Report says Medicare funds wasted on ambulance trips Health officials say firms frequently billed for unnecessary services


WASHINGTON -- Federal investigators, having documented many instances of overbilling and false claims by ambulance operators, say that Medicare wastes hundreds of millions of dollars a year by paying for unnecessary ambulance services provided to elderly patients.

In a new draft report, June Gibbs Brown, the inspector general of the Department of Health and Human Services, said that ambulance companies frequently billed Medicare for "medically unnecessary transportation." In addition, the report documents how some ambulance companies falsified "destination information" and charged the government for supplies and services that were not needed or not provided.

The inspector general said that more than 100 providers of ambulance services had been cited for civil or criminal violations of Medicare laws in the past five years. Medicare's system of paying for ambulance services, she said, is so complex that it "encourages fraud and abuse and thwarts efforts to control expenditures."

Ambulance operators said that in its zeal to crack down on abuse, the Clinton administration would inadvertently reduce services to victims of heart attack, stroke and other medical emergencies.

About 10 percent of the 38 million Medicare beneficiaries use ambulances each year. Outlays have more than tripled in the past decade and now total $2 billion a year.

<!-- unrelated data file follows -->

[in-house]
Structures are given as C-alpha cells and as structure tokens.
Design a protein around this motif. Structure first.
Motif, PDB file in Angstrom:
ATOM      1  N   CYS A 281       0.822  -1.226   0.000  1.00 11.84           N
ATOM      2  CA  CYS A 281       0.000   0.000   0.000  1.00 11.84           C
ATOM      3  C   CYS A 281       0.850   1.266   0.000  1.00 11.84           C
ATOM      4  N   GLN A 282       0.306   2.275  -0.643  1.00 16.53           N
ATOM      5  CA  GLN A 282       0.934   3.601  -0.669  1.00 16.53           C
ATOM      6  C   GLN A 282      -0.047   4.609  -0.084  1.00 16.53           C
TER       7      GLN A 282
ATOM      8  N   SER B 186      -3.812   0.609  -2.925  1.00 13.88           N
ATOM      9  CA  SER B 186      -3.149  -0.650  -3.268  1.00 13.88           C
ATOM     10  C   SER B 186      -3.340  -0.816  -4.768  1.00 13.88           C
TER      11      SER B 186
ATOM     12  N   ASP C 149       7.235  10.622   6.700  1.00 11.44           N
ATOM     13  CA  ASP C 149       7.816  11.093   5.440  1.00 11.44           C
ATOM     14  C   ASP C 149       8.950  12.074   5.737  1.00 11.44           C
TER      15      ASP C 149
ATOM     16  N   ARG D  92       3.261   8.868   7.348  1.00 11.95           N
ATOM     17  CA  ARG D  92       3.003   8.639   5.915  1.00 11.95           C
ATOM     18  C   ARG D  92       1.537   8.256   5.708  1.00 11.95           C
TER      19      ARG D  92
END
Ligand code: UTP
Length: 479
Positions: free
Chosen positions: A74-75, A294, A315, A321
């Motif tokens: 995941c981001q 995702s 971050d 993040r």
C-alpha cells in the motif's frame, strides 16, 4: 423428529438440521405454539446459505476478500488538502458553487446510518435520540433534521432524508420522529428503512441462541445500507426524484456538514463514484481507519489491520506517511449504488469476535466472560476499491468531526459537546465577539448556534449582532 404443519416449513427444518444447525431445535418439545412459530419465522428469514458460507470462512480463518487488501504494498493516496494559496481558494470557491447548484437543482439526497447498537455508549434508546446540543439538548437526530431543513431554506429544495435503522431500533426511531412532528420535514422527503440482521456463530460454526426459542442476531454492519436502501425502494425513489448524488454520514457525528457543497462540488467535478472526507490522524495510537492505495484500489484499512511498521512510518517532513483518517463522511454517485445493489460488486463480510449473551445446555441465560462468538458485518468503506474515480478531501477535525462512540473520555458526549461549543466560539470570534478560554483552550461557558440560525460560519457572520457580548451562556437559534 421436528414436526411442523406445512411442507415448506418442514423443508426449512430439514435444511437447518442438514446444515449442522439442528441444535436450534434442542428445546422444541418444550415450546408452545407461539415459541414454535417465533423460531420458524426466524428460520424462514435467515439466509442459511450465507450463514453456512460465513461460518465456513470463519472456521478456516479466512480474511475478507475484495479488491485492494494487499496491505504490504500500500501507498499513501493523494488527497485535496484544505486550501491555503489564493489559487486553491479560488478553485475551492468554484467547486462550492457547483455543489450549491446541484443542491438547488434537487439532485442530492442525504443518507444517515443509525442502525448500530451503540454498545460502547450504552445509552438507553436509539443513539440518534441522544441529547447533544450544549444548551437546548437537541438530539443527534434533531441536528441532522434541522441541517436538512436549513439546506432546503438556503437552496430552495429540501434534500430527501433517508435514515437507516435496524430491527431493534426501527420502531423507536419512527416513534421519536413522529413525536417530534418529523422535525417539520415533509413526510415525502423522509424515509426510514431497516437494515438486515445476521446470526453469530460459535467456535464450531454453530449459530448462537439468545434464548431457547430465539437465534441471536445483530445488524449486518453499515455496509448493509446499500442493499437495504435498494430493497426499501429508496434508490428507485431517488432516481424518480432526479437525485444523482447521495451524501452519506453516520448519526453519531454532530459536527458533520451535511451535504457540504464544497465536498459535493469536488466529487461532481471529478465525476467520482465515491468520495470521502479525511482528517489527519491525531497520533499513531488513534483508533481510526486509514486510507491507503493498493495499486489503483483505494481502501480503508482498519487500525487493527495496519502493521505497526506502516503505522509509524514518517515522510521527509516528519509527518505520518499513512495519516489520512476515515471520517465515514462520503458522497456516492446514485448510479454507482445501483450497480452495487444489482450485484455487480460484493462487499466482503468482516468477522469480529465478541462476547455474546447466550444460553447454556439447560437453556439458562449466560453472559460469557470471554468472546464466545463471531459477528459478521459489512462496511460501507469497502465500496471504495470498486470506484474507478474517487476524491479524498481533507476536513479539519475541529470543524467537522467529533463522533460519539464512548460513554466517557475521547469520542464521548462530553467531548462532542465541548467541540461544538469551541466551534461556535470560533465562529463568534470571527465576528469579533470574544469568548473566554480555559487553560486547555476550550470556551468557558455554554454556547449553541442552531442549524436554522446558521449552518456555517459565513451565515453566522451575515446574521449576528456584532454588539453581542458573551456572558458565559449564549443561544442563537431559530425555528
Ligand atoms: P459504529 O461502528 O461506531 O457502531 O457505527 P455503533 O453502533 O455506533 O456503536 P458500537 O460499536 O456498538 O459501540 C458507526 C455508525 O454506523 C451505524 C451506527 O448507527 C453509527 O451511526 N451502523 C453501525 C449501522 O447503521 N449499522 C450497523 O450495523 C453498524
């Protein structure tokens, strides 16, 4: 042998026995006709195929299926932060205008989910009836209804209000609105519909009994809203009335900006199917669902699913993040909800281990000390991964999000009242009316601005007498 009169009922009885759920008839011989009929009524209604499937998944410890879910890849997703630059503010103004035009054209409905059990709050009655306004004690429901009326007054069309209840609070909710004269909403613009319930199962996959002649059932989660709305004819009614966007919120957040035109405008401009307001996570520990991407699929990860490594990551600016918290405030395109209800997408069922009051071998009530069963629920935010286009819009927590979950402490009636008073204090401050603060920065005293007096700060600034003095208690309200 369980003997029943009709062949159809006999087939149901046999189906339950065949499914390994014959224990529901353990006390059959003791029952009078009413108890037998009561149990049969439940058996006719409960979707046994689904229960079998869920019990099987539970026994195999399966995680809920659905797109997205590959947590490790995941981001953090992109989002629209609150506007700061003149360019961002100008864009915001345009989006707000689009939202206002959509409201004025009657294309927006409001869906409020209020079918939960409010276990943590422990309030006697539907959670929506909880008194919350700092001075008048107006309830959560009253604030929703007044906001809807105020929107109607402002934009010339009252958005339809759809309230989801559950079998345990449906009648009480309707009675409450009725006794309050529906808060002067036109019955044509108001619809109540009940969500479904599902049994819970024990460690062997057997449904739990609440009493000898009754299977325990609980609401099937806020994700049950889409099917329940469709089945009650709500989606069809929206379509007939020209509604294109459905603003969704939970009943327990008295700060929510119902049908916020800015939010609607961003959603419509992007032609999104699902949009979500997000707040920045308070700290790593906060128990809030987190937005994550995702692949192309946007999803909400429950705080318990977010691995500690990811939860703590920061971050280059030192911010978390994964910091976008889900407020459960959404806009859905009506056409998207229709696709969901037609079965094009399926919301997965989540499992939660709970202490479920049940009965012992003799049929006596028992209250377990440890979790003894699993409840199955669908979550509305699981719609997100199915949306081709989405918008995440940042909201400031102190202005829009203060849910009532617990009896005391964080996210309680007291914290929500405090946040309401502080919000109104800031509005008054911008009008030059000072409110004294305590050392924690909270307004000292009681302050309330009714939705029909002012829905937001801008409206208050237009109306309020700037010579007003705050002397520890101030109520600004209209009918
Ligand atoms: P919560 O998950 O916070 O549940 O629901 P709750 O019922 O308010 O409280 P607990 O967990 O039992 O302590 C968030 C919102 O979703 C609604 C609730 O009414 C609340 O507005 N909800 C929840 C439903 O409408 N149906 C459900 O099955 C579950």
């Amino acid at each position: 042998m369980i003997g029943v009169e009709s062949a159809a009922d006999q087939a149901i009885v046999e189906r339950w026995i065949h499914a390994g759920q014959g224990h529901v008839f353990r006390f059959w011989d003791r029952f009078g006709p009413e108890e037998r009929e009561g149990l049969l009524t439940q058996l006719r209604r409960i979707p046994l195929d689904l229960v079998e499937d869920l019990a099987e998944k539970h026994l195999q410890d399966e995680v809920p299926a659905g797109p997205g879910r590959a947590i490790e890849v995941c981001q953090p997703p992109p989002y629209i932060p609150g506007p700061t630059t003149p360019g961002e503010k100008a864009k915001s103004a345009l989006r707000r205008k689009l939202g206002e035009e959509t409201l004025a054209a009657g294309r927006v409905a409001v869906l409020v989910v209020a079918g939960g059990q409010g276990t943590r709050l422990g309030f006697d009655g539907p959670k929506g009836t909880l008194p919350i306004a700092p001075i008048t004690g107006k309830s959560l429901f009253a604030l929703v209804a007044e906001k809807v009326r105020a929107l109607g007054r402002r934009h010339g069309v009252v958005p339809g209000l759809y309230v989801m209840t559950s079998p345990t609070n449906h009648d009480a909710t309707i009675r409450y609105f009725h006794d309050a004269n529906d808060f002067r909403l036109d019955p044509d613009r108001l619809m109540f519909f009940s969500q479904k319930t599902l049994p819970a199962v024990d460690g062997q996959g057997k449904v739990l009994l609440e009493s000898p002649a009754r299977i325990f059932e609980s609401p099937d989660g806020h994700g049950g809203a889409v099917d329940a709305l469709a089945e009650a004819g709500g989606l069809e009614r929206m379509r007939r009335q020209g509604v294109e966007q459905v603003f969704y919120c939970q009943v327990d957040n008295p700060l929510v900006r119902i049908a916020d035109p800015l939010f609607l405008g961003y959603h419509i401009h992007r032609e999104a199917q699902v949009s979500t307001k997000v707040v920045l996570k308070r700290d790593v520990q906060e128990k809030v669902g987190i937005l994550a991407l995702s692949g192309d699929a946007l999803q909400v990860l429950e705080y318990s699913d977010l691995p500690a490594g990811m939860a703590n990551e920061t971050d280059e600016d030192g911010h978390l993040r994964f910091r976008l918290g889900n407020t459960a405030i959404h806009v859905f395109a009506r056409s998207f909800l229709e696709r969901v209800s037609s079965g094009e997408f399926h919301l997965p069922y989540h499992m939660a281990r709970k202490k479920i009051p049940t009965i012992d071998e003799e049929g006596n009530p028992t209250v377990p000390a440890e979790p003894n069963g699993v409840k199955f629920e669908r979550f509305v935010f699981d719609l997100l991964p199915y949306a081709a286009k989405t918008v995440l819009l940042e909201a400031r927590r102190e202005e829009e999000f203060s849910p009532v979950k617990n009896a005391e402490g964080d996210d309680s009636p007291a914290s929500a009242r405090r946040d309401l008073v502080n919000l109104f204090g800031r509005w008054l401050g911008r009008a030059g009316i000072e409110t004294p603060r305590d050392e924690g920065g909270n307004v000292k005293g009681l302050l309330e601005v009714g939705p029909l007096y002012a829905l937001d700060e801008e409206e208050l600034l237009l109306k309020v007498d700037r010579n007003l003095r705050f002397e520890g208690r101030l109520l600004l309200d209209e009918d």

"Medicare payments for ambulance services appear to lack common sense," said the report, to be issued later this month.

Brown said that some ambulance companies billed Medicare for supplies even though their vehicles were "restocked free of charge by local hospitals." In some cases, she said, companies misrepresented the condition of patients, stating, for example, that women were bedridden when they actually walked from the ambulance into the hospital.

Moreover, Brown said, some ambulance companies have run up huge expenses by taking Medicare patients on regularly scheduled trips to kidney dialysis treatments three times a week. Federal investigators found that most of these claims did not meet Medicare guidelines for medical necessity because the patients could have safely used other means of transportation.

Federal investigators have repeatedly described the problems in confidential reports to top Medicare officials during the past three years. The government has increased audits of ambulance companies, but a Medicare official conceded that "we have no way of ensuring that we are paying properly for the services."

Congress this year required the secretary of health and human services to establish a fee schedule, with fixed payments for each type of ambulance procedure. But the fee schedule will not take effect until Jan. 1, 2000. Under the law, the secretary must negotiate details of the fee schedule with the ambulance industry.

David A. Nevins, executive vice president of the American Ambulance Association, which represents 750 companies around the country, said the rise in Medicare spending was a good thing because it reflected improvements in ambulance technology and service that were saving lives.

Pub Date: 11/09/97

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